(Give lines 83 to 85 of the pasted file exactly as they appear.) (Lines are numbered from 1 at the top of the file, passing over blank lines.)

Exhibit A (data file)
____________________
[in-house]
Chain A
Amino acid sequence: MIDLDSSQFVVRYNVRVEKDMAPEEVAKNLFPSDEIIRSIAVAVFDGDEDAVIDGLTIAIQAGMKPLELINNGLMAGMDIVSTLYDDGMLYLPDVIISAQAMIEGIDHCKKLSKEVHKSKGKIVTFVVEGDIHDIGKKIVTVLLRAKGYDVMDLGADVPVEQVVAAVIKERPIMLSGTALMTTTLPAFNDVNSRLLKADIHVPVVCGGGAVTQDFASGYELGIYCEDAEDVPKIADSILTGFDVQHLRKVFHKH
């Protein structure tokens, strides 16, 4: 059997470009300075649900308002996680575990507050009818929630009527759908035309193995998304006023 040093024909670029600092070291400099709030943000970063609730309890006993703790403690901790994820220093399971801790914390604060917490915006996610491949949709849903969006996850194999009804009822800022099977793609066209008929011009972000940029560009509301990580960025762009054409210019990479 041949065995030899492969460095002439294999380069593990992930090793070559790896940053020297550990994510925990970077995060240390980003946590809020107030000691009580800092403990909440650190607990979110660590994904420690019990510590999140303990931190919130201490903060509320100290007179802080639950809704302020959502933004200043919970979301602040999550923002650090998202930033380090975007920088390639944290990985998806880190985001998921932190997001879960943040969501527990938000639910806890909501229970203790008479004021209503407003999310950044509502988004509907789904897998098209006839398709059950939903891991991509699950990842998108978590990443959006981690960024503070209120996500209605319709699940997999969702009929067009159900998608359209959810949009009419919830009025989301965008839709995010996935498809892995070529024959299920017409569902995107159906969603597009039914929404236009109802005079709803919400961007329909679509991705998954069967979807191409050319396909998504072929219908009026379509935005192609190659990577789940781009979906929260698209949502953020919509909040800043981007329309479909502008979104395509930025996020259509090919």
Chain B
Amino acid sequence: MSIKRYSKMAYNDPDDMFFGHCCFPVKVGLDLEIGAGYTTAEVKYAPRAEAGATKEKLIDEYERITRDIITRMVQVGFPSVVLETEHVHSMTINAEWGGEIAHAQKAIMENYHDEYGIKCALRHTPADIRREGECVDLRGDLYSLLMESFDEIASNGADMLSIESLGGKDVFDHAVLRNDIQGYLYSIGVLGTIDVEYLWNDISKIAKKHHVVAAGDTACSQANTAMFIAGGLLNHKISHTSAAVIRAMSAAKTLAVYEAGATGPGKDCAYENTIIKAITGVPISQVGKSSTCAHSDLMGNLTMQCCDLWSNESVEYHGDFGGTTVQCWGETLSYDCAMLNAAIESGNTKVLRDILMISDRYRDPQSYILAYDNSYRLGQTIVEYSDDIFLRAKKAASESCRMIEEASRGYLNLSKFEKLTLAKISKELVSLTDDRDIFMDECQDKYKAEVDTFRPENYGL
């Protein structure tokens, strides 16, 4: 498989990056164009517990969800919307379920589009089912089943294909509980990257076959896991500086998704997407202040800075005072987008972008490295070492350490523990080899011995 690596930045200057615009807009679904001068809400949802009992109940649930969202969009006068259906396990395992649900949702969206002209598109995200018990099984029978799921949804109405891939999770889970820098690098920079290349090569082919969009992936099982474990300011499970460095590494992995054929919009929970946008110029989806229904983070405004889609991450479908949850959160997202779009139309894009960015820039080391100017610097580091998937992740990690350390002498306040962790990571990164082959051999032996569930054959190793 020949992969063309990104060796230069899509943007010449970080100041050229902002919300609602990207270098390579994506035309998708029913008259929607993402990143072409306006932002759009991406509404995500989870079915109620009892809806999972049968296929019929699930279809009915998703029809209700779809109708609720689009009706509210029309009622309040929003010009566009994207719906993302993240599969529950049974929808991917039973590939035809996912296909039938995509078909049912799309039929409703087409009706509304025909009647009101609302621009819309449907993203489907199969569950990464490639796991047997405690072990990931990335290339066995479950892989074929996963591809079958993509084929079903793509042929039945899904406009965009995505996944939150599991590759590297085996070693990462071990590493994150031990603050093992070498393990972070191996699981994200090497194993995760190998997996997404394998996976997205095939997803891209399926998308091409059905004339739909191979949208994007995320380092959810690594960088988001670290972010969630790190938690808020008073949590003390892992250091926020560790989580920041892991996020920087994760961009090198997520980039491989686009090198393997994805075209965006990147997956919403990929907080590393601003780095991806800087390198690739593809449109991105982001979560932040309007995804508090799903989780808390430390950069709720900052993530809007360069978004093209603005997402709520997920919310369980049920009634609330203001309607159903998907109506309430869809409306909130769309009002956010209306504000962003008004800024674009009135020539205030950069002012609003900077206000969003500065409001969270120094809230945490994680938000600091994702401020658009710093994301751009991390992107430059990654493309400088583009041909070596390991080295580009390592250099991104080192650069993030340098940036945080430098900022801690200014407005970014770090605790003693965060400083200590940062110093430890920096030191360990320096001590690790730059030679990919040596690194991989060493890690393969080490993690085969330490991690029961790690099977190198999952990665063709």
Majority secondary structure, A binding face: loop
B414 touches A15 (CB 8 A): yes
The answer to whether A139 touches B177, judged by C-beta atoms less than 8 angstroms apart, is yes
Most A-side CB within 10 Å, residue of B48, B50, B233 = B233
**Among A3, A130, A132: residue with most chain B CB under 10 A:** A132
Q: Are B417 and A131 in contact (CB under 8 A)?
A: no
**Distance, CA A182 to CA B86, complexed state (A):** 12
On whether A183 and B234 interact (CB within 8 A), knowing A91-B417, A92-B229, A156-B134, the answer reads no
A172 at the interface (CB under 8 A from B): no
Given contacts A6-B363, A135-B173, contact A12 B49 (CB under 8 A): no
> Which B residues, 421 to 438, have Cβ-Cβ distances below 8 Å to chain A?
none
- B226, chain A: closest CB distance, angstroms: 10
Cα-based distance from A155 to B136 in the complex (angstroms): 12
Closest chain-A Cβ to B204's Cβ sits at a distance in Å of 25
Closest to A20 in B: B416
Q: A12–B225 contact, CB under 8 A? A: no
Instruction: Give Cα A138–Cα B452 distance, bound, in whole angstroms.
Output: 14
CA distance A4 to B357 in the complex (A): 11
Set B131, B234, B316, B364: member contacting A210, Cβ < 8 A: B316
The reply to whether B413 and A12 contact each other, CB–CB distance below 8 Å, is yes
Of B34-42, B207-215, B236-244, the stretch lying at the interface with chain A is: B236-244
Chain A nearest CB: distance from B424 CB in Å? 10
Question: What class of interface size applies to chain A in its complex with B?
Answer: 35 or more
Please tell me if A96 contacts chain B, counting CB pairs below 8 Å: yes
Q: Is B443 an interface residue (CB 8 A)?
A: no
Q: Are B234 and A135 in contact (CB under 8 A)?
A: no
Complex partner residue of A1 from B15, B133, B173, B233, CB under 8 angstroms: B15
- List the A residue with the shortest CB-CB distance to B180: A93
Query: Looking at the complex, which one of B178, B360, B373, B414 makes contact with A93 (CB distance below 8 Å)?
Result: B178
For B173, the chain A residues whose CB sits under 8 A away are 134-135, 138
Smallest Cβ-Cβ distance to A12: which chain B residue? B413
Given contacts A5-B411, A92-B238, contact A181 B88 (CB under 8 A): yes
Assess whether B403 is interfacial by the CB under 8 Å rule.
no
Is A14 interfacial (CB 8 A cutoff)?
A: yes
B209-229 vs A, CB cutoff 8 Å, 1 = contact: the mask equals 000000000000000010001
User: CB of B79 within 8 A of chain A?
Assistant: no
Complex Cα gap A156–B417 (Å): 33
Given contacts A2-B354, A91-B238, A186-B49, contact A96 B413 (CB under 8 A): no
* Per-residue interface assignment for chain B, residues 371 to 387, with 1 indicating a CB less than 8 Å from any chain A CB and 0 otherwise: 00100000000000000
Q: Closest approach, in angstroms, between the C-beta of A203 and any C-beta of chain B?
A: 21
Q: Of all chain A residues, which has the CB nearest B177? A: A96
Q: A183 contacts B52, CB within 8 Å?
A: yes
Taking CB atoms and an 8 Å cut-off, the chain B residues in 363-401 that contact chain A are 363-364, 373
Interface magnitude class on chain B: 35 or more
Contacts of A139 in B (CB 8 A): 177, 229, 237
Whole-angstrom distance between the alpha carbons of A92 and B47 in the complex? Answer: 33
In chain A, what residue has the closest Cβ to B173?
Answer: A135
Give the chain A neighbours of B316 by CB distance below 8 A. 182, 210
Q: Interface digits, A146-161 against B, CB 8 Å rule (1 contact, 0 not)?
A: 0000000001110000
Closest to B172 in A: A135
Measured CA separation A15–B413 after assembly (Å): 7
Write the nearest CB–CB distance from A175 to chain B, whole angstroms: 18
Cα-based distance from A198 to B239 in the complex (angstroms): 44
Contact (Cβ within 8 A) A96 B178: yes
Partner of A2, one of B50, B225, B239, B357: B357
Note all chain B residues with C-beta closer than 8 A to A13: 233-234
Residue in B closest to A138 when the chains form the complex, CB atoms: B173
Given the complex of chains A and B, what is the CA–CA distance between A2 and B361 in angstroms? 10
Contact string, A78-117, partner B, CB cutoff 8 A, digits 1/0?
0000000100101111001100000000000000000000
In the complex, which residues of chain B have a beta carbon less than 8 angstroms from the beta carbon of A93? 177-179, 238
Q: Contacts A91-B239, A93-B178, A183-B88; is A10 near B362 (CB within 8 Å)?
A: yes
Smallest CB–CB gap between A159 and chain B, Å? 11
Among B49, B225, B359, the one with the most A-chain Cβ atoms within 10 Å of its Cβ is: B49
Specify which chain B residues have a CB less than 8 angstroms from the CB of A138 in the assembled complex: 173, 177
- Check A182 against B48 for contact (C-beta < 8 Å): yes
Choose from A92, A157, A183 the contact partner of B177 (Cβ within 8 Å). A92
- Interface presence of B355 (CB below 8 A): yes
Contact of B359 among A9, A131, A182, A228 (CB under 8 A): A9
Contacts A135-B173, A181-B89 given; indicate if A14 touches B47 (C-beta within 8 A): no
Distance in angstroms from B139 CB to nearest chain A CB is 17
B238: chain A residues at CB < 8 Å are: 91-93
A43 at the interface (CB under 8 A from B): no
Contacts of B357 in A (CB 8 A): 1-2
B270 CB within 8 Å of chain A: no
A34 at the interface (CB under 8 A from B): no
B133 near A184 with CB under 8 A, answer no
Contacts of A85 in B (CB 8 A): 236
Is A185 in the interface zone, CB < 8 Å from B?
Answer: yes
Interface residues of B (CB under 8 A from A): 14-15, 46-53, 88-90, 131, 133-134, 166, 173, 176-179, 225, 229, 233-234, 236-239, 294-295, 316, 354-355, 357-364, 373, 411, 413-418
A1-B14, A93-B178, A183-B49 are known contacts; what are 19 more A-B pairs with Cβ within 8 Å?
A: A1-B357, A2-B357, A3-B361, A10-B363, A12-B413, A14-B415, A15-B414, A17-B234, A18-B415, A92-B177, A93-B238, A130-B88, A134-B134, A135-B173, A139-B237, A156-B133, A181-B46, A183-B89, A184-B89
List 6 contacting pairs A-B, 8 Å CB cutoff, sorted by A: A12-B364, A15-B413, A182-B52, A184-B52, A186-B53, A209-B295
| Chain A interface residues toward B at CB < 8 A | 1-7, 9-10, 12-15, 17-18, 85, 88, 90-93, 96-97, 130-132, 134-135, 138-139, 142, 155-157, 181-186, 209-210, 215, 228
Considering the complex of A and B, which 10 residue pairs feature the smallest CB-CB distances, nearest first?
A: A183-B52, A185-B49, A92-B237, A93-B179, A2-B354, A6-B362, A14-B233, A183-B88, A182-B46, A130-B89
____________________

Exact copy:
Q: Contacts A91-B239, A93-B178, A183-B88; is A10 near B362 (CB within 8 Å)?
A: yes
Smallest CB–CB gap between A159 and chain B, Å? 11